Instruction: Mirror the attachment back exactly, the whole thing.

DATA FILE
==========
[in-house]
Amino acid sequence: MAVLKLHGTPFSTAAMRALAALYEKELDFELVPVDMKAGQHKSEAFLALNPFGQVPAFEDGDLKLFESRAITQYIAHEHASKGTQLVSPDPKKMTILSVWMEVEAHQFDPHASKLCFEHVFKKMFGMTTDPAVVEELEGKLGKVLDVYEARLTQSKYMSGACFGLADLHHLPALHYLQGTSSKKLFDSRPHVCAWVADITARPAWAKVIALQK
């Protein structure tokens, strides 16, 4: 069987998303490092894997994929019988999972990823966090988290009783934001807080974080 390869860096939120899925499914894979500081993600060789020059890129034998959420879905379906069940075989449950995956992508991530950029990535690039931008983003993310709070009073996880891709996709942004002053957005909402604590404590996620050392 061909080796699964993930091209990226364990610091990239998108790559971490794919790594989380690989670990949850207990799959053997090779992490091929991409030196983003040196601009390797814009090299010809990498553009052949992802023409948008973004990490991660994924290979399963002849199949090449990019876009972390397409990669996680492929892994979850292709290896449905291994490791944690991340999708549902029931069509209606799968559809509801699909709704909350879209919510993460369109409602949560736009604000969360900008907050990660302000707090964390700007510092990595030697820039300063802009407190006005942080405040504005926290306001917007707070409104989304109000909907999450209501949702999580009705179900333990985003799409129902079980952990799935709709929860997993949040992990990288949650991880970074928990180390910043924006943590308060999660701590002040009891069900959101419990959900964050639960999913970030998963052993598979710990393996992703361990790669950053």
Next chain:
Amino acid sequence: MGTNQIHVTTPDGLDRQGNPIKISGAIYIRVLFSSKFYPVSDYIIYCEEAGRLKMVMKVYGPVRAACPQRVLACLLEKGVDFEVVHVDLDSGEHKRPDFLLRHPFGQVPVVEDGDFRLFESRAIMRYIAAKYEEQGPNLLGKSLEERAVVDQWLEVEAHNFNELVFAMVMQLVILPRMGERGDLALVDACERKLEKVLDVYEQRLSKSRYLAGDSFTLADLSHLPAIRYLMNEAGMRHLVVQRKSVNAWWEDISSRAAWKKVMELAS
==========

[in-house]
Amino acid sequence: MAVLKLHGTPFSTAAMRALAALYEKELDFELVPVDMKAGQHKSEAFLALNPFGQVPAFEDGDLKLFESRAITQYIAHEHASKGTQLVSPDPKKMTILSVWMEVEAHQFDPHASKLCFEHVFKKMFGMTTDPAVVEELEGKLGKVLDVYEARLTQSKYMSGACFGLADLHHLPALHYLQGTSSKKLFDSRPHVCAWVADITARPAWAKVIALQK
């Protein structure tokens, strides 16, 4: 069987998303490092894997994929019988999972990823966090988290009783934001807080974080 390869860096939120899925499914894979500081993600060789020059890129034998959420879905379906069940075989449950995956992508991530950029990535690039931008983003993310709070009073996880891709996709942004002053957005909402604590404590996620050392 061909080796699964993930091209990226364990610091990239998108790559971490794919790594989380690989670990949850207990799959053997090779992490091929991409030196983003040196601009390797814009090299010809990498553009052949992802023409948008973004990490991660994924290979399963002849199949090449990019876009972390397409990669996680492929892994979850292709290896449905291994490791944690991340999708549902029931069509209606799968559809509801699909709704909350879209919510993460369109409602949560736009604000969360900008907050990660302000707090964390700007510092990595030697820039300063802009407190006005942080405040504005926290306001917007707070409104989304109000909907999450209501949702999580009705179900333990985003799409129902079980952990799935709709929860997993949040992990990288949650991880970074928990180390910043924006943590308060999660701590002040009891069900959101419990959900964050639960999913970030998963052993598979710990393996992703361990790669950053």
Next chain:
Amino acid sequence: MGTNQIHVTTPDGLDRQGNPIKISGAIYIRVLFSSKFYPVSDYIIYCEEAGRLKMVMKVYGPVRAACPQRVLACLLEKGVDFEVVHVDLDSGEHKRPDFLLRHPFGQVPVVEDGDFRLFESRAIMRYIAAKYEEQGPNLLGKSLEERAVVDQWLEVEAHNFNELVFAMVMQLVILPRMGERGDLALVDACERKLEKVLDVYEQRLSKSRYLAGDSFTLADLSHLPAIRYLMNEAGMRHLVVQRKSVNAWWEDISSRAAWKKVMELAS